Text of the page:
Blue comes in many forms: sky blue, ocean blue, blue moons. IBM?s nickname made the color infamous. Where the nickname originated is subject to speculation. Many think it was their logo, others say it was the color of their equipment.
A search of IBM?s archives shows earlier computers from IBM were red. The earliest color photo in their on-line album shows a System 360 Model 44 used for scientific computations back in 1965. A permanent disk storage unit was built into the system’s central processing unit. Unfortunately, there is no way to tell what color the systems were prior to that color picture. If an IBM engineer wishes to correct us, we’ll be more than happy to update the article.
The first photo showing IBM?s familiar blue casing is from 1982 in the 3083 Processor Complex which provided 32 Megabytes of storage. The name of the blue used was not identified. Blue comes in many flavors, and we wonder if their logo will borrow the recently discovered vibrant version.
Professor Mas Subramanian of the Oregon State University Chemistry Department and his students accidentally discovered the latest variation of blue, one of the primary colors. They were investigating manganese oxide properties, which can be ferroelectric and ferromagnetic simultaneously, The mineral came out of a 2,000 degree Fahrenheit [1,200 Celsius] oven a vivid blue.
The researchers published in the Journal of American Chemical Society and applied for a patent on the most durable, safe, and environmentally friendly pigment produced to date. Its supremacy is due to manganese ions being structured in an unusual "trigonal bipyramidal coordination" in the presence of extreme heat. They anticipate it being used in ink jet printers, automobiles, house paint, and fine art.
In Science Daily, Subramanian said: "Ever since the early Egyptians developed some of the first blue pigments, the pigment industry has been struggling to address problems with safety, toxicity and durability,"
Blue pigments have a long history. Egyptian blue is a Calcium copper silicate, shown in an image of Ramses III 1170 BC. It is considered to be the first synthetic pigment.
Ultramarine, first used in Afghanistan in the 6th century, was employed in illuminated manuscripts during the 14th and 15th centuries. Made from the semi-precious gem lapis lazuli, it was more expensive than gold during the Renaissance. A synthetic version of the pigment has been used since 1828.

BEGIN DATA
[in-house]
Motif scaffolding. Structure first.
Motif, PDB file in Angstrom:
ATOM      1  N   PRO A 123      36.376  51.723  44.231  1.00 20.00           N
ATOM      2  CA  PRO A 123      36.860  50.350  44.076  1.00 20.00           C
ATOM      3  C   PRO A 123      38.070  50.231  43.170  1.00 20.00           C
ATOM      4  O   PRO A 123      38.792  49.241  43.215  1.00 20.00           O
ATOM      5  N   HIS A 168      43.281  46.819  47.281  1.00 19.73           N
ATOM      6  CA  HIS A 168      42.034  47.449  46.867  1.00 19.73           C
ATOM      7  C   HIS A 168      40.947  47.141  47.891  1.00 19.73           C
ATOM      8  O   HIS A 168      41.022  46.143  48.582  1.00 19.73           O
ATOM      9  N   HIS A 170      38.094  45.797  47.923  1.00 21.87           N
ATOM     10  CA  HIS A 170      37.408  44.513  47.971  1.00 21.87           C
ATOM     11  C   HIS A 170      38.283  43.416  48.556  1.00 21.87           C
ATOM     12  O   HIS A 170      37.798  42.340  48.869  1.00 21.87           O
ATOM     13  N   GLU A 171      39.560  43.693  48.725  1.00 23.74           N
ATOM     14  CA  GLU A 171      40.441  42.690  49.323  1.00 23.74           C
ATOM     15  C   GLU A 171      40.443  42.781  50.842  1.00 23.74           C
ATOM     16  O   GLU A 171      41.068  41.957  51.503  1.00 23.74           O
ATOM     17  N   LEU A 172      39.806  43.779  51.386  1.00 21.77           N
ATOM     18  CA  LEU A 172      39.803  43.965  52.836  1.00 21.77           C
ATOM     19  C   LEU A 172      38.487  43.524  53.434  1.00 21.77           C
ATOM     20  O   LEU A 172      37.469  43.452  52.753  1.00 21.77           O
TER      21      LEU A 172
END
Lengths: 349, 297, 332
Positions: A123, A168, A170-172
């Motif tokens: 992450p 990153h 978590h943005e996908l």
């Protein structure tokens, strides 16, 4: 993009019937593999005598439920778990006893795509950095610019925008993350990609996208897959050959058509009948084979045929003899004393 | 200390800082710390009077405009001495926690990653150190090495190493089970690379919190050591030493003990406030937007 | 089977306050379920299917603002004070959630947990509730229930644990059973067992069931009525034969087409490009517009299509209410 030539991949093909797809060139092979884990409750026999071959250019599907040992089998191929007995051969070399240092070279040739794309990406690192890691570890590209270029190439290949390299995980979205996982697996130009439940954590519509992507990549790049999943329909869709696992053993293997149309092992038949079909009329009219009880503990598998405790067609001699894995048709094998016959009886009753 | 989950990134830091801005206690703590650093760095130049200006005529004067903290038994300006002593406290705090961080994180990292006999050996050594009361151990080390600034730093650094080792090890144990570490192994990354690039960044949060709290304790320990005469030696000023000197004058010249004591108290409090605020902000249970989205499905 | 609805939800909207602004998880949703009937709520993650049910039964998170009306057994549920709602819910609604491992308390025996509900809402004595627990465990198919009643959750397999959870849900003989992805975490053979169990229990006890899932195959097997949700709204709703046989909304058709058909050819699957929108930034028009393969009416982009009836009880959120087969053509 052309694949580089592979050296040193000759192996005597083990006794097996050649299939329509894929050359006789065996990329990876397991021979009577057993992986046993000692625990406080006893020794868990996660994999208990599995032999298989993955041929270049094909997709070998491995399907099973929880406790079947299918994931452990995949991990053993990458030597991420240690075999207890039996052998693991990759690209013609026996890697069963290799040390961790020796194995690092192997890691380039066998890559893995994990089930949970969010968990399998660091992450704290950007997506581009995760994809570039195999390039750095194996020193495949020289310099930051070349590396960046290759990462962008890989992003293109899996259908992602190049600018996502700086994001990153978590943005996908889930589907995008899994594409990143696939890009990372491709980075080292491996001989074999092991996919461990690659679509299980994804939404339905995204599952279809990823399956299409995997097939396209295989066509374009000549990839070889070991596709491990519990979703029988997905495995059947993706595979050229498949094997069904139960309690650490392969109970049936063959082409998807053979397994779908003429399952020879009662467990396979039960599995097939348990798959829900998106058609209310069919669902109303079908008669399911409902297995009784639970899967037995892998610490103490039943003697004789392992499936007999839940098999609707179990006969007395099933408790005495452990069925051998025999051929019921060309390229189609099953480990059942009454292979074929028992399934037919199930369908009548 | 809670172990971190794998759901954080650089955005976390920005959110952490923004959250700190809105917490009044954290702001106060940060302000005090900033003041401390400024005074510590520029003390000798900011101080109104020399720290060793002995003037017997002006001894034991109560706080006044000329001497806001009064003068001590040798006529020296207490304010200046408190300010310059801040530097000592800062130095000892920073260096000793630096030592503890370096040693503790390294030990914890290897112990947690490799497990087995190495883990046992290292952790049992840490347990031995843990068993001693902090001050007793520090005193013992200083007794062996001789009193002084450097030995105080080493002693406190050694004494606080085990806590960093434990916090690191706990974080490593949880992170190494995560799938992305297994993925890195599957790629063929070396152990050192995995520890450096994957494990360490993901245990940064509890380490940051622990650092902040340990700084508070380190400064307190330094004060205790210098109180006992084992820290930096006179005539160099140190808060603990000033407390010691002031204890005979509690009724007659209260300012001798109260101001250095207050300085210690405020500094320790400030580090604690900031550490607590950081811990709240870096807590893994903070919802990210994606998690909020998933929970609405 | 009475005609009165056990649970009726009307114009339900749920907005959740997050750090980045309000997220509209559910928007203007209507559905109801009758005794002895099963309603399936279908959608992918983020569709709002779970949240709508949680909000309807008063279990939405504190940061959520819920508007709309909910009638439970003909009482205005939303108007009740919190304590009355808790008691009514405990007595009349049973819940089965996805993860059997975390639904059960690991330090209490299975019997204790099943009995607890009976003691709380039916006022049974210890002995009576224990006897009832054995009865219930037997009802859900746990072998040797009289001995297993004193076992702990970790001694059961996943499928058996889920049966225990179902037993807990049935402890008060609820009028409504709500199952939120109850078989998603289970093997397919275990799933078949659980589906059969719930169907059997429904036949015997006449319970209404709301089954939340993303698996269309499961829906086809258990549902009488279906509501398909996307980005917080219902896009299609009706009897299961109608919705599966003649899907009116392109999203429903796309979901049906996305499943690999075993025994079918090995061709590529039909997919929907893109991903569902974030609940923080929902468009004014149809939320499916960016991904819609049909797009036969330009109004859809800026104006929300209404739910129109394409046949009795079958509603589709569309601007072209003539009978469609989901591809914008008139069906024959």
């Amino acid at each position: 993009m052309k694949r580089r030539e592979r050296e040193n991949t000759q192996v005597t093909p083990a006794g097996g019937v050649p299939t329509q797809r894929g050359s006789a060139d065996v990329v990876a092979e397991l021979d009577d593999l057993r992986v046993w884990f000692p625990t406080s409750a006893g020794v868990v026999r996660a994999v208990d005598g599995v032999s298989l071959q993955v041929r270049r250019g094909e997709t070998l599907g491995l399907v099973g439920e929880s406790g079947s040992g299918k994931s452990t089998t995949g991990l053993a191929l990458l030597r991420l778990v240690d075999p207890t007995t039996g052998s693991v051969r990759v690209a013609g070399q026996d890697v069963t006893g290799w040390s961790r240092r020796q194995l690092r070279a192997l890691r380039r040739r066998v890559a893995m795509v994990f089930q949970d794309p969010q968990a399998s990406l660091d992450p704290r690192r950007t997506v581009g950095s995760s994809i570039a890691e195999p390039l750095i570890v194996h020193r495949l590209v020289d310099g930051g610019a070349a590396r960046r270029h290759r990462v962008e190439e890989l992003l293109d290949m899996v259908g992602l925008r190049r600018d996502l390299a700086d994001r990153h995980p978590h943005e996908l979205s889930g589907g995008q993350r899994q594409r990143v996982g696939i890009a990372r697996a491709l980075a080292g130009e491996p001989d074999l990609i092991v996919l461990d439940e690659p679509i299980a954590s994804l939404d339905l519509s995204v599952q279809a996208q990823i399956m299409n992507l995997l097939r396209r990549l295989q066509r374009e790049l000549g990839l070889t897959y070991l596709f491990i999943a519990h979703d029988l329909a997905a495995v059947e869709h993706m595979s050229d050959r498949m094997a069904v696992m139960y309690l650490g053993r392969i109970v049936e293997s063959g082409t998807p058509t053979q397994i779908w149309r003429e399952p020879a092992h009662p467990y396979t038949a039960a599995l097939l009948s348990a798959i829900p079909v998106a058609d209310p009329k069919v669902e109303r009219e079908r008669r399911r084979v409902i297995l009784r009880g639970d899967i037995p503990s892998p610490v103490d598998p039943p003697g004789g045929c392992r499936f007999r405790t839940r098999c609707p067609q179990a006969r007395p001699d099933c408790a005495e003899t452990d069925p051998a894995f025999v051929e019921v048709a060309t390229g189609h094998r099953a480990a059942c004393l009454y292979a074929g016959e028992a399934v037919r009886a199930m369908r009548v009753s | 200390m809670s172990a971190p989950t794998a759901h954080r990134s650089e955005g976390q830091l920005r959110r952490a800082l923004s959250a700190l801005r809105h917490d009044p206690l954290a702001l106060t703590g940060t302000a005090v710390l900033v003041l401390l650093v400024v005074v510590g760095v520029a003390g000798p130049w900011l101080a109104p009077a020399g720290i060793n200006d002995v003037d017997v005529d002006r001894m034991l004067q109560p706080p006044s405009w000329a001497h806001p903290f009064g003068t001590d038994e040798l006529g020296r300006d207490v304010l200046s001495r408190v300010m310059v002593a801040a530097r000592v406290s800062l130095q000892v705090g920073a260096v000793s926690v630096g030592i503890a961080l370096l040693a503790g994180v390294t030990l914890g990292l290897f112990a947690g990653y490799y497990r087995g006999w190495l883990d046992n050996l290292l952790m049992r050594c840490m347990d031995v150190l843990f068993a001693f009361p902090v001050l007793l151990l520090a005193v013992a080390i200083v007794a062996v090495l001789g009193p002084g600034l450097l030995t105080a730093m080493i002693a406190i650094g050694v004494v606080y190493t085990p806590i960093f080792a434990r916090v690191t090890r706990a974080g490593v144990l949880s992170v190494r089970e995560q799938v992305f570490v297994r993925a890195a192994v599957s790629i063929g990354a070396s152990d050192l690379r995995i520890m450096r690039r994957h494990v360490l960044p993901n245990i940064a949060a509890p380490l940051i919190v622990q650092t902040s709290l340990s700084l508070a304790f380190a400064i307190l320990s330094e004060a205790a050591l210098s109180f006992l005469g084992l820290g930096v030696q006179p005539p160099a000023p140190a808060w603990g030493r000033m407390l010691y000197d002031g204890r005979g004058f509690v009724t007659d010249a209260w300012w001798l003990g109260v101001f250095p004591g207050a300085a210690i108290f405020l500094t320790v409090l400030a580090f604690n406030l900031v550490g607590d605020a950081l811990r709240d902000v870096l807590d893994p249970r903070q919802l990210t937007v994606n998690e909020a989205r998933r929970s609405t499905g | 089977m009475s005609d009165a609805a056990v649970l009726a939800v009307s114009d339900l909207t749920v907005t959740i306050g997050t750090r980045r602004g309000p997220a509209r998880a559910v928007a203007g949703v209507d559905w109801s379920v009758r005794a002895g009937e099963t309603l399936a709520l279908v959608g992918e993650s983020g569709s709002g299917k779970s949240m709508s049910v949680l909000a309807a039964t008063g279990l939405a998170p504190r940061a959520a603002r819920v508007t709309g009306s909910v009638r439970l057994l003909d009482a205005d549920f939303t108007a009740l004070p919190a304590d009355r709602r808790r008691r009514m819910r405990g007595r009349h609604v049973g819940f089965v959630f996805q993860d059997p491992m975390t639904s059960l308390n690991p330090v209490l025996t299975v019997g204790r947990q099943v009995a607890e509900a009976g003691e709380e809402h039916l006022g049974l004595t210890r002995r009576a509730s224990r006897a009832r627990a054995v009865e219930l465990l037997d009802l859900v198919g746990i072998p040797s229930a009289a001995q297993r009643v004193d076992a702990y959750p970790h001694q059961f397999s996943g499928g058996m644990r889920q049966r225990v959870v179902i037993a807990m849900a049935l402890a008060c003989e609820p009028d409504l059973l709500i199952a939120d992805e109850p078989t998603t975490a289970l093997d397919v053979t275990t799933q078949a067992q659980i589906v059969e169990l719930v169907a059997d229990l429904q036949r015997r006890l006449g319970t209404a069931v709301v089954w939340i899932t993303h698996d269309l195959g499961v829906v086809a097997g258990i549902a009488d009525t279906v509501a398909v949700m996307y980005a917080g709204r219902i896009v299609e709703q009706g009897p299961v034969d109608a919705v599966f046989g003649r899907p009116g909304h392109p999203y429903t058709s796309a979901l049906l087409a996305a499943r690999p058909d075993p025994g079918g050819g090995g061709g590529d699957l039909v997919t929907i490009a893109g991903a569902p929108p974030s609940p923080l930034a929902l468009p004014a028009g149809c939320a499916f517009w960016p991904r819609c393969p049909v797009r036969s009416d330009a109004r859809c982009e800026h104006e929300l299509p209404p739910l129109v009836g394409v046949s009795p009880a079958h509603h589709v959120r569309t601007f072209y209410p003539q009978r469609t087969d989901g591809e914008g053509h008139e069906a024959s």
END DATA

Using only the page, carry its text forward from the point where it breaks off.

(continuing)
Prussian blue, accidentally formed when a color maker was experimenting with iron oxidation in 1704, was the first modern, artificially manufactured color. Solutions of potassium ferrocyanide and iron [III] chloride are poured together to make this variation. Its name derives from being used to die the dark blue uniforms of the Prussian army. Many famous artists used it in their paintings, including Gainsborough, Constable, Monet, Van Gogh, and Picasso during in his ‘Blue Period’.
A 14 foot layer of what has come to be called Mayan blue was found at the bottom of a natural well at Chichen Itza on the Yucatan peninsula. Blue painted sacrifices, both clay pot and human, were thrown into this Sacred Cenote. By burning a mixture of items used by the Mayan for their healing properties, copal incense, indigo plant leaves, and palygorskite, the fusion created Mayan blue. Paradoxically, Maya Blue although said to be resistant to age, acid, weathering, biodegradation, and modern chemical solvents, over time, the paint washed off in the waters of the Sacred Cenote.
Other varieties of blue include: Cerulean, the sky blue of artists; smalt; cobalt; indigo found in blue jeans; and azurite seen in cave paintings at Tun Huang in Western China.
IBM logo was designed in 1972 by Paul Rand. His definition of "IBM blue" can be seen on the third logo
So what shade of blue is Big Blue? We still don?t know. Even the IBM archives don?t indicate when the IBM logo became blue, nor what variation of the color is used. The only clue we fund was the image here which was designed by Paul Rand in 1972.